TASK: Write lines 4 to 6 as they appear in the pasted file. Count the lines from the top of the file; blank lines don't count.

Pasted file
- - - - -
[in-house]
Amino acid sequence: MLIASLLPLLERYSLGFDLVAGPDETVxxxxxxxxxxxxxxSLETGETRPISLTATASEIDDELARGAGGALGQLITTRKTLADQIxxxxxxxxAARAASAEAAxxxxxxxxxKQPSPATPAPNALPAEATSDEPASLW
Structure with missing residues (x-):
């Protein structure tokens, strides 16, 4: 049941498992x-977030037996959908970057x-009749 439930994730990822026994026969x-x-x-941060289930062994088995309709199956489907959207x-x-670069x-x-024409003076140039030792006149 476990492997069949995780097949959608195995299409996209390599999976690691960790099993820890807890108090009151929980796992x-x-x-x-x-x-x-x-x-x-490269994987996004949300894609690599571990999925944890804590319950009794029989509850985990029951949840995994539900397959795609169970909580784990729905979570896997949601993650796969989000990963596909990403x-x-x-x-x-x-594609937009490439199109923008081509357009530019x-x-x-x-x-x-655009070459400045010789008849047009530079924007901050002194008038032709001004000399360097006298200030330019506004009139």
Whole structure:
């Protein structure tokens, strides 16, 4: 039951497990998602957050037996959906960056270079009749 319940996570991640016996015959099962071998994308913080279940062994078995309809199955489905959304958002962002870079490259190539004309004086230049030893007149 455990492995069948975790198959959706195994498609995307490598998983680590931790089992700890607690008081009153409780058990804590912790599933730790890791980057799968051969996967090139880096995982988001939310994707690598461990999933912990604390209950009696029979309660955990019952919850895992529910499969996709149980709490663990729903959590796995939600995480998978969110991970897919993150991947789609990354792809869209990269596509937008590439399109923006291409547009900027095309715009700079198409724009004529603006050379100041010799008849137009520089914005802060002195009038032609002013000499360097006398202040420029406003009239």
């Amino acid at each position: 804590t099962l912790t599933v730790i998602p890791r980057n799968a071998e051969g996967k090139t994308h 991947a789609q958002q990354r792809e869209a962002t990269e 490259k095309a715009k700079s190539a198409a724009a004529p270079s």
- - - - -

């Protein structure tokens, strides 16, 4: 049941498992x-977030037996959908970057x-009749 439930994730990822026994026969x-x-x-941060289930062994088995309709199956489907959207x-x-670069x-x-024409003076140039030792006149 476990492997069949995780097949959608195995299409996209390599999976690691960790099993820890807890108090009151929980796992x-x-x-x-x-x-x-x-x-x-490269994987996004949300894609690599571990999925944890804590319950009794029989509850985990029951949840995994539900397959795609169970909580784990729905979570896997949601993650796969989000990963596909990403x-x-x-x-x-x-594609937009490439199109923008081509357009530019x-x-x-x-x-x-655009070459400045010789008849047009530079924007901050002194008038032709001004000399360097006298200030330019506004009139």
Whole structure:
């Protein structure tokens, strides 16, 4: 039951497990998602957050037996959906960056270079009749 319940996570991640016996015959099962071998994308913080279940062994078995309809199955489905959304958002962002870079490259190539004309004086230049030893007149 455990492995069948975790198959959706195994498609995307490598998983680590931790089992700890607690008081009153409780058990804590912790599933730790890791980057799968051969996967090139880096995982988001939310994707690598461990999933912990604390209950009696029979309660955990019952919850895992529910499969996709149980709490663990729903959590796995939600995480998978969110991970897919993150991947789609990354792809869209990269596509937008590439399109923006291409547009900027095309715009700079198409724009004529603006050379100041010799008849137009520089914005802060002195009038032609002013000499360097006398202040420029406003009239």